Titles and Colophons

The introductory titles and closing colophons may be considered editorial additions, but are included here for completeness. Introductory titles are marked with an asterisk *. Closing colophons are marked with double tildes ~~.

Variant Textual Tag Codes

The following tags precede those words which are peculiar to one printed text. Where the four texts do not differ, there are no tags.

T = (Textus Receptus) Stephens, 1550, editio regia (royal edition) (reproduced, 1897).

The text used is George Ricker Berry's edition found in The Interlinear Literal Translation of the Greek New Testament (New York: Hinds & Noble, 1897). This text is virtually identical to editions of Disiderius Erasmus (1516, 1519, 1522, 1535), Complutensian Polyglot (1522, 1564, 1573, 1574, 1584, 1590, 1609, 1619, 1620, 1628, 1632), Simon Colinaeus (1534), Robert Stephens (1546, 1549, 1550, 1551), Theodore Beza (1565, 1582, 1588, 1598), and Bonaventure and Abraham Elzevir (1624, 1633, 1641). The edition first named "Textus Receptus" was Elzevir 1633 "textum ergo habes, nunc ab omnibus receptum."

K = (KJV 1611) Scrivener 1894, 1902 (reproduced, 1976).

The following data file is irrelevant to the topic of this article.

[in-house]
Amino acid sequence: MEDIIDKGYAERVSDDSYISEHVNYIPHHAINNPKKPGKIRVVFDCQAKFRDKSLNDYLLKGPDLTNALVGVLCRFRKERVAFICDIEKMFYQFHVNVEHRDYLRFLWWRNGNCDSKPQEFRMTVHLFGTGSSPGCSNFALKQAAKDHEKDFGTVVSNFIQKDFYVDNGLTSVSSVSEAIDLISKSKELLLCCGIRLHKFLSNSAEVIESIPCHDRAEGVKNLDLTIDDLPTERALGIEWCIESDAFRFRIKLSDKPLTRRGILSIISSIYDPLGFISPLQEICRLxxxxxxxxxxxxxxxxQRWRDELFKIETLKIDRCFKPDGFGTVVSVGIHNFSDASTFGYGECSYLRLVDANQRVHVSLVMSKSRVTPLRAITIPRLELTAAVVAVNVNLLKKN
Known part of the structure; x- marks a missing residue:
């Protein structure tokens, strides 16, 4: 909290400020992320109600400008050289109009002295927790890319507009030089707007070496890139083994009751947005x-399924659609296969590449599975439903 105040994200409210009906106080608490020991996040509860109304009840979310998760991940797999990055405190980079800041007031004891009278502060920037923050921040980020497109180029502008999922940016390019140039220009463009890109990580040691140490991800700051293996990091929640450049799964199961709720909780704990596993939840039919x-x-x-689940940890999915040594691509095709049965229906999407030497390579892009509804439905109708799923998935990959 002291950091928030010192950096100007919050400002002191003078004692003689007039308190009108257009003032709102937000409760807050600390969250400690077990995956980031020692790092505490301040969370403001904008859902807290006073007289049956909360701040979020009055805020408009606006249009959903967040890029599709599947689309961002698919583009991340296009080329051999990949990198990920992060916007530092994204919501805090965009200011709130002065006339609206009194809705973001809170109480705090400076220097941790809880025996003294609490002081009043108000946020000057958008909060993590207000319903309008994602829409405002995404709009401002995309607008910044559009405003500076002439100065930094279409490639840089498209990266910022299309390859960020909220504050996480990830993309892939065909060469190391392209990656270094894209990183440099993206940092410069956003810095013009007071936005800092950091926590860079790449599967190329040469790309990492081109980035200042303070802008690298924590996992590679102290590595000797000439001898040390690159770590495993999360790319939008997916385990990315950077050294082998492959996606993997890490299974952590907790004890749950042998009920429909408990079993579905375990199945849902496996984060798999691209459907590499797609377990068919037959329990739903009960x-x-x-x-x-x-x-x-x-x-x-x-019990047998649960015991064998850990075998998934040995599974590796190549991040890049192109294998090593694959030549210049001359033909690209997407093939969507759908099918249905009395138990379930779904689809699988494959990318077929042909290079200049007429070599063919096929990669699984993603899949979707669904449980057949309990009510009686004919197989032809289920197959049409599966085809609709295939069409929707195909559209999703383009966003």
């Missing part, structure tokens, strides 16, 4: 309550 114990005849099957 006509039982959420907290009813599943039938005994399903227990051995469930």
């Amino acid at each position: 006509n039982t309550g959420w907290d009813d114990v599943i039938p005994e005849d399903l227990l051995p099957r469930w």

This is the text of H KAINH DIAQHKH, The New Testament, The Greek Text Underlying the English Authorized Version of 1611 (London: Trinitarian Bible Society, 1976). This is an unedited reprint of F.H.A. Scrivener’s "The New Testament in the Original Greek according to the Text followed in the Authorized Version" (Cambridge: University Press, 1894, reprint edition 1902). This is a reconstruction of the Greek text underlying the English 1611, it largely follows Beza 1598, and though sometimes the KJV text follows no Greek manuscript whatsoever, Scrivener nowhere constructs a Greek reading without some manuscript evidence. Though this edition generally follows the "Byzantine" texts, it nevertheless agrees with the modern "Alexandrian" editions in many places.

M = Majority 1911 / 1929 — 1982.